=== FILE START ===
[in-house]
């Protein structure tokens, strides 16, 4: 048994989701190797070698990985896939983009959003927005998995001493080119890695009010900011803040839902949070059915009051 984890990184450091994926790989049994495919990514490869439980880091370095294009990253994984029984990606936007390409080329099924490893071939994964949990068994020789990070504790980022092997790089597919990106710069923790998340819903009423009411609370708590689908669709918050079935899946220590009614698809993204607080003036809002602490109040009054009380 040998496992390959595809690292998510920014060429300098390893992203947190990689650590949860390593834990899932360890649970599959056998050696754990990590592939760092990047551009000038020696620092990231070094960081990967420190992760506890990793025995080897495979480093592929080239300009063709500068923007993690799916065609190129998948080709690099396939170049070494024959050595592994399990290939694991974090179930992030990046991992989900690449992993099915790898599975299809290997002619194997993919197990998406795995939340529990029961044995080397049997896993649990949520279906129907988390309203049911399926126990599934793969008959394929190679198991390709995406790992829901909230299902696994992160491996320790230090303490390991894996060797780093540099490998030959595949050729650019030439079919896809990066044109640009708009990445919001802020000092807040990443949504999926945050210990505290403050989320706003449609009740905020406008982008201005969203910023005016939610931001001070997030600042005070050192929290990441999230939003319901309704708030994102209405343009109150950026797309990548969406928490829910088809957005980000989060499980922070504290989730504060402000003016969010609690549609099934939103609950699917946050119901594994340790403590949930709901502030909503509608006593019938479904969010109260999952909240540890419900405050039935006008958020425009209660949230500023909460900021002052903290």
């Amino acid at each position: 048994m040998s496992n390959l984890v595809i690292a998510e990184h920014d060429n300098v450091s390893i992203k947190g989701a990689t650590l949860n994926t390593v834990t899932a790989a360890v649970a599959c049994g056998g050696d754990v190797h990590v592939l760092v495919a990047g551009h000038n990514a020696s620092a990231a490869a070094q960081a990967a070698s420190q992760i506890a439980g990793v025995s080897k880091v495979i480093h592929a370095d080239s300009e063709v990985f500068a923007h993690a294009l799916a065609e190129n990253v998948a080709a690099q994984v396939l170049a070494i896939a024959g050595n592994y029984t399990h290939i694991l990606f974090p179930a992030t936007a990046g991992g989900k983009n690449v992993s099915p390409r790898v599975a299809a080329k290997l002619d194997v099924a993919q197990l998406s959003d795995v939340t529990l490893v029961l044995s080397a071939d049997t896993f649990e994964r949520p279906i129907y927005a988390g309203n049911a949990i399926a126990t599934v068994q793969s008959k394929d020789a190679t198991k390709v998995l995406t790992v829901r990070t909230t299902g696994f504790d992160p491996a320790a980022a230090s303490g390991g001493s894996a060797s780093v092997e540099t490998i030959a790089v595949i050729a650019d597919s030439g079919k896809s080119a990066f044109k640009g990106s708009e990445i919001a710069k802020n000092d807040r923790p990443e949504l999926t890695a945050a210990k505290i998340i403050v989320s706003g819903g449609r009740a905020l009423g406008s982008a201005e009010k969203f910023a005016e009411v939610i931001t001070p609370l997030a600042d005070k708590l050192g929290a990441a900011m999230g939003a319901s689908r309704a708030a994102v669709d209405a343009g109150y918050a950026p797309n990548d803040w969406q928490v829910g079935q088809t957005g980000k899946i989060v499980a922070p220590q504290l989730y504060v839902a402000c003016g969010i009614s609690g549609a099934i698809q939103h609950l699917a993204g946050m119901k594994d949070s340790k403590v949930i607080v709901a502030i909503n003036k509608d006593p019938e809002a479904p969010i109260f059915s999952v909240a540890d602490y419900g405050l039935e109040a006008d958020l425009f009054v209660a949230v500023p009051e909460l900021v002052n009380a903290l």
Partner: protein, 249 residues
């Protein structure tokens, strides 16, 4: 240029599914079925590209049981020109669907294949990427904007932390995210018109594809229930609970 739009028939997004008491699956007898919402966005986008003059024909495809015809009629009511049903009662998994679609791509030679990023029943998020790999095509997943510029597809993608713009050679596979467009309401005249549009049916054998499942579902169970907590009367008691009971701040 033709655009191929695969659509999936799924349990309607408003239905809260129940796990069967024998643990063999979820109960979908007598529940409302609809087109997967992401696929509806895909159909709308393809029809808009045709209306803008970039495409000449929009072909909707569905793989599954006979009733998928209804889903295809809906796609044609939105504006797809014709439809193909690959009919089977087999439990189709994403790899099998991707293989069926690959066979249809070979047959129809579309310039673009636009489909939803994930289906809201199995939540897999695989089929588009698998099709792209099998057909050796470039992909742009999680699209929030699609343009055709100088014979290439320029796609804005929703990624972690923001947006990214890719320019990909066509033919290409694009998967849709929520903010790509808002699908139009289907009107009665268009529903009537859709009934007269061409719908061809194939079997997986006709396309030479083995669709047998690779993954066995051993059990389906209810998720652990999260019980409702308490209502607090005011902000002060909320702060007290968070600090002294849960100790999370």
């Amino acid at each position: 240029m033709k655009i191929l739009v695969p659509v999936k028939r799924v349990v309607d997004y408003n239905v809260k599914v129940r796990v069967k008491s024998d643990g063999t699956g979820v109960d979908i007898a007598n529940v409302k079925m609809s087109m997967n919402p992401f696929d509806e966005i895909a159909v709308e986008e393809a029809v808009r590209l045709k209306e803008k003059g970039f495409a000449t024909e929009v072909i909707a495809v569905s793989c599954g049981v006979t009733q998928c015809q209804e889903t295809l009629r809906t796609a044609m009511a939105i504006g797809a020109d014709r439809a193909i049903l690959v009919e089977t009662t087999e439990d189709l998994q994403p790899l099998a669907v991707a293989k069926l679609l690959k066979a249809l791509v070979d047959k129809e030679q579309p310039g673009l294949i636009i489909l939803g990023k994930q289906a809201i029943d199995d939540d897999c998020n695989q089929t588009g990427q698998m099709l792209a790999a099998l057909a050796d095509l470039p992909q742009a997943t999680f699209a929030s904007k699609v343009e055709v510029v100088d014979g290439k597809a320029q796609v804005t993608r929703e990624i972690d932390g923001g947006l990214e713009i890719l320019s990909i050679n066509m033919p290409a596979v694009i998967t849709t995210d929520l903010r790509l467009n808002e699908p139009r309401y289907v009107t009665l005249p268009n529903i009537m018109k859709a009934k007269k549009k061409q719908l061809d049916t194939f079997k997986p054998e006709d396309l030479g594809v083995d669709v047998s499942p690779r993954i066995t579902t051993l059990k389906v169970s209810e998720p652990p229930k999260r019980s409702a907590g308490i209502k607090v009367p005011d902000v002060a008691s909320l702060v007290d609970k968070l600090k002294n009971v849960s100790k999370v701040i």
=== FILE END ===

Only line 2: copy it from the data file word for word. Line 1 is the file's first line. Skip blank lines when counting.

């Protein structure tokens, strides 16, 4: 048994989701190797070698990985896939983009959003927005998995001493080119890695009010900011803040839902949070059915009051 984890990184450091994926790989049994495919990514490869439980880091370095294009990253994984029984990606936007390409080329099924490893071939994964949990068994020789990070504790980022092997790089597919990106710069923790998340819903009423009411609370708590689908669709918050079935899946220590009614698809993204607080003036809002602490109040009054009380 040998496992390959595809690292998510920014060429300098390893992203947190990689650590949860390593834990899932360890649970599959056998050696754990990590592939760092990047551009000038020696620092990231070094960081990967420190992760506890990793025995080897495979480093592929080239300009063709500068923007993690799916065609190129998948080709690099396939170049070494024959050595592994399990290939694991974090179930992030990046991992989900690449992993099915790898599975299809290997002619194997993919197990998406795995939340529990029961044995080397049997896993649990949520279906129907988390309203049911399926126990599934793969008959394929190679198991390709995406790992829901909230299902696994992160491996320790230090303490390991894996060797780093540099490998030959595949050729650019030439079919896809990066044109640009708009990445919001802020000092807040990443949504999926945050210990505290403050989320706003449609009740905020406008982008201005969203910023005016939610931001001070997030600042005070050192929290990441999230939003319901309704708030994102209405343009109150950026797309990548969406928490829910088809957005980000989060499980922070504290989730504060402000003016969010609690549609099934939103609950699917946050119901594994340790403590949930709901502030909503509608006593019938479904969010109260999952909240540890419900405050039935006008958020425009209660949230500023909460900021002052903290």